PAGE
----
Recovery of a tropical stream after a harvest-related chlorine poisoning event

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1. Harvest-related poisoning events are common in tropical streams, yet research on stream recovery has largely been limited to temperate streams and generally does not include any measures of ecosystem function, such as leaf breakdown. 2. We assessed recovery of a second-order, high-gradient stream draining the Luquillo Experimental Forest, Puerto Rico, three months after a chlorine-bleach poisoning event. The illegal poisoning of freshwater shrimps for harvest caused massive mortality of shrimps and dramatic changes in those ecosystem properties influenced by shrimps. We determined recovery potential using an established recovery index and assessed actual recovery by examining whether the poisoned reach returned to conditions resembling an undisturbed upstream reference reach.3. Recovery potential was excellent (score=729 out of a possible 729) and can be attributed to nearby sources of organisms for colonization, the mobility of dominant organisms, unimpaired habitat, rapid flushing and processing of chlorine, and location within a national forest.4. Actual recovery was substantial. Comparison of the reference reach with the formerly poisoned reach indicated: (1) complete recovery of xiphocaridid and palaemonid shrimp population abundances, shrimp size distributions, leaf breakdown rates, and abundances of oligochaetes and mayflies on leaves, and (2) only small differences in atyid shrimp abundance and community and ecosystem properties influenced by atyid shrimps (standing stocks of epilithic fine inorganic and organic matter, chlorophyll a, and abundances of chironomids and copepods on leaves). 5. There was no detectable pattern between any measured variables and distance downstream from the poisoning. However, shrimp size-distributions indicated that the observed recovery may represent a source-sink dynamic, in which the poisoned reach acts as a sink which depletes adult shrimp populations from surrounding undisturbed habitats. Thus, the rapid recovery observed in this study is consistent with results from other field studies of pulse chlorine disturbances, harvest-related fish poisonings, and recovery of freshwater biotic interactions, but it is unlikely to be sustainable if multiple poisonings deplete adult populations to the extent that juvenile recruitment does not offset adult shrimp mortality.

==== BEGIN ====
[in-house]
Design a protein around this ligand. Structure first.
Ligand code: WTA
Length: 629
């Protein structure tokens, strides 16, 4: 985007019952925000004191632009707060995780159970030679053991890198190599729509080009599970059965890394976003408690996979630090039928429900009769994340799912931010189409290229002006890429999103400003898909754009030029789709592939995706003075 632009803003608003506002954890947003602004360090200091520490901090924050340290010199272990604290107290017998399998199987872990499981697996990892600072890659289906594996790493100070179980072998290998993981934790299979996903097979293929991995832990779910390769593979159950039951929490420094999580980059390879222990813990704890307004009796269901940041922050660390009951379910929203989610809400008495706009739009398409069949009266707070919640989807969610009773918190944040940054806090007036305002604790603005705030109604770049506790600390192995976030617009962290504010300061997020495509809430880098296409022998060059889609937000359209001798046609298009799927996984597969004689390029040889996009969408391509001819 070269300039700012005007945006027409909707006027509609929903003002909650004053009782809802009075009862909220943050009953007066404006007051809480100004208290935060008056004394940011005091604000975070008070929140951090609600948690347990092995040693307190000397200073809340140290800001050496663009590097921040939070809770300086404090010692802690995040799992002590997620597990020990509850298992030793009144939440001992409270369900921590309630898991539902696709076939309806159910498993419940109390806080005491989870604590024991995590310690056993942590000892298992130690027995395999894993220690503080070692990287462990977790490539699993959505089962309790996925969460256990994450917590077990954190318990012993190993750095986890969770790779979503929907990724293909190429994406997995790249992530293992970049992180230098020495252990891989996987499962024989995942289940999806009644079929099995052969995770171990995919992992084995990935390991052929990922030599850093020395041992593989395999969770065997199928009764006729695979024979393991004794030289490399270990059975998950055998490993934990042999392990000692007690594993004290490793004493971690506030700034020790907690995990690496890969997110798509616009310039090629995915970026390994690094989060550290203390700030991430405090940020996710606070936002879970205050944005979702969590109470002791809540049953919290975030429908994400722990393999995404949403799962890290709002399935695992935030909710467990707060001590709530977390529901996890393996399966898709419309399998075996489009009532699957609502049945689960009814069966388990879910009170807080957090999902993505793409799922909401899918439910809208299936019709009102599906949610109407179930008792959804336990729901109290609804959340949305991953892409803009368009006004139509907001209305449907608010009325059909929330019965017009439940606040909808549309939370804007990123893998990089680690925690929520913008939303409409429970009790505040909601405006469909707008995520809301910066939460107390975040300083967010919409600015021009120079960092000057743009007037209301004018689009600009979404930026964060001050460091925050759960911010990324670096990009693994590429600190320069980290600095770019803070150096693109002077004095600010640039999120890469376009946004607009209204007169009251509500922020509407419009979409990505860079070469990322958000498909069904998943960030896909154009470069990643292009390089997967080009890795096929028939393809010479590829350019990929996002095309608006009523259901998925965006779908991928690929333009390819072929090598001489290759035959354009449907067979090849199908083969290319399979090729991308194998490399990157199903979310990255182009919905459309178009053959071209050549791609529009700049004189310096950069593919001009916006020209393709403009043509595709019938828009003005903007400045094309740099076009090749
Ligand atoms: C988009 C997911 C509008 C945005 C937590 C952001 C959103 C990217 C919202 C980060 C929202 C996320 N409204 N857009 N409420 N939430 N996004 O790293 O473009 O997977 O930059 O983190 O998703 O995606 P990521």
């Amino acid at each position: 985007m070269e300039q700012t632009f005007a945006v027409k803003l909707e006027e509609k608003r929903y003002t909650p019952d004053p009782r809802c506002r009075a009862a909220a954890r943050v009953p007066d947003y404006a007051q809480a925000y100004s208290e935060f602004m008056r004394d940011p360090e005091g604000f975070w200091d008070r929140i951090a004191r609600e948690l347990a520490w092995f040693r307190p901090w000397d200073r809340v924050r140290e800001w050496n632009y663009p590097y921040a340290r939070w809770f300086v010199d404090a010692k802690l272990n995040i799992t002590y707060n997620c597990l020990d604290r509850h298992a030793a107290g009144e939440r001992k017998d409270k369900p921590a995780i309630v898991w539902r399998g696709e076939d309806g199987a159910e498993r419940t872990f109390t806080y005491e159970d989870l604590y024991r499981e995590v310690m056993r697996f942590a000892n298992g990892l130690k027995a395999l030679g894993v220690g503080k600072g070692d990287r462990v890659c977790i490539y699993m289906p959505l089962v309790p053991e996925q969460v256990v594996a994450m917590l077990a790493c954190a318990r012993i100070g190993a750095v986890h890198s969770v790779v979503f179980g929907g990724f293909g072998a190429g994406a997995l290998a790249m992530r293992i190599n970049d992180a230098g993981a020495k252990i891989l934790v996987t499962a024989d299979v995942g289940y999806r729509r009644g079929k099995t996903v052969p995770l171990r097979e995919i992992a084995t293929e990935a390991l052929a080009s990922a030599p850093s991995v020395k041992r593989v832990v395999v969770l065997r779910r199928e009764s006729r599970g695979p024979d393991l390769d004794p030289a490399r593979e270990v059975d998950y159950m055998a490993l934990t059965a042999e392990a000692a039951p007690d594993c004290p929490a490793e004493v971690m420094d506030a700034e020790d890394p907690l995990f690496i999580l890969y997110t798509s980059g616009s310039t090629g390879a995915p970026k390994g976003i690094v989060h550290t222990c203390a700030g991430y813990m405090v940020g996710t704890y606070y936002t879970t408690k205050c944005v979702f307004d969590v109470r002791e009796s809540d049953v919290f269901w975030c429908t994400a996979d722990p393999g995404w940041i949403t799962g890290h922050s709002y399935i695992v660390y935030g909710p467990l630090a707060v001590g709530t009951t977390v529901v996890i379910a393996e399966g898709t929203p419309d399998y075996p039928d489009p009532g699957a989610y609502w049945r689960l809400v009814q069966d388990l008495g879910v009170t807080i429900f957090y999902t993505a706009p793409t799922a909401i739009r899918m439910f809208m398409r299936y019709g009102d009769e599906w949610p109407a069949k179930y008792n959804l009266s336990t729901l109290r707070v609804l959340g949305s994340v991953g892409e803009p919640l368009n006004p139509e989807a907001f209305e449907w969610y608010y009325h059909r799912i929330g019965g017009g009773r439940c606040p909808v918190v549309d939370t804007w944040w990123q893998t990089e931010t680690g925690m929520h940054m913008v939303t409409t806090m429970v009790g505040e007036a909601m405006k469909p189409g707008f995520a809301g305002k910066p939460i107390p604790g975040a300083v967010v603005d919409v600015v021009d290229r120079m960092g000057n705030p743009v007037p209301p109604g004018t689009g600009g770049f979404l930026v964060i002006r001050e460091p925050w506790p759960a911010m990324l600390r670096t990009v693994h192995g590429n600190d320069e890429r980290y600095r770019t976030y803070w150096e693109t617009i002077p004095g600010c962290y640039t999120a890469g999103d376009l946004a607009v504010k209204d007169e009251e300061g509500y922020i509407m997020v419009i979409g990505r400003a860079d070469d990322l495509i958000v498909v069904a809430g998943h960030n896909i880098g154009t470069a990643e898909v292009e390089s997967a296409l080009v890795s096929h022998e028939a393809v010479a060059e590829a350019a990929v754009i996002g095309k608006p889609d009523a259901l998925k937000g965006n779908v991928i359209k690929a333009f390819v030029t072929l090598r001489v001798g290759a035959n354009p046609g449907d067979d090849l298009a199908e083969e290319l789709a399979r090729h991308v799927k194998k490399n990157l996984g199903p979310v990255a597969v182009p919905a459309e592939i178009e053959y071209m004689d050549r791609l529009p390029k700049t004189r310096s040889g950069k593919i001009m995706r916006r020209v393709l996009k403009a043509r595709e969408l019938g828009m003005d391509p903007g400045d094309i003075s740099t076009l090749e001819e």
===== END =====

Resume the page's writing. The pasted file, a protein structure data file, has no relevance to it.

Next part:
Date Range: 
1999-06-08 00:00:00 to 1999-07-29 00:00:00

Publication Date: 

2011-03-28 00:00:00



Additional Project roles: 

Name: Eda Melendez-Colom Role: Data Manager
Name: Effie A. Greathouse Role: Associated Researcher
Name: Nina Hemphill Role: Associated Researcher
Name: William H. McDowell Role: Associated Researcher
Name: James G. March Role: Associated Researcher
Name: Alonso RamIrez Role: Associated Researcher
Name: Ernesto Garcia Role: Associated Researcher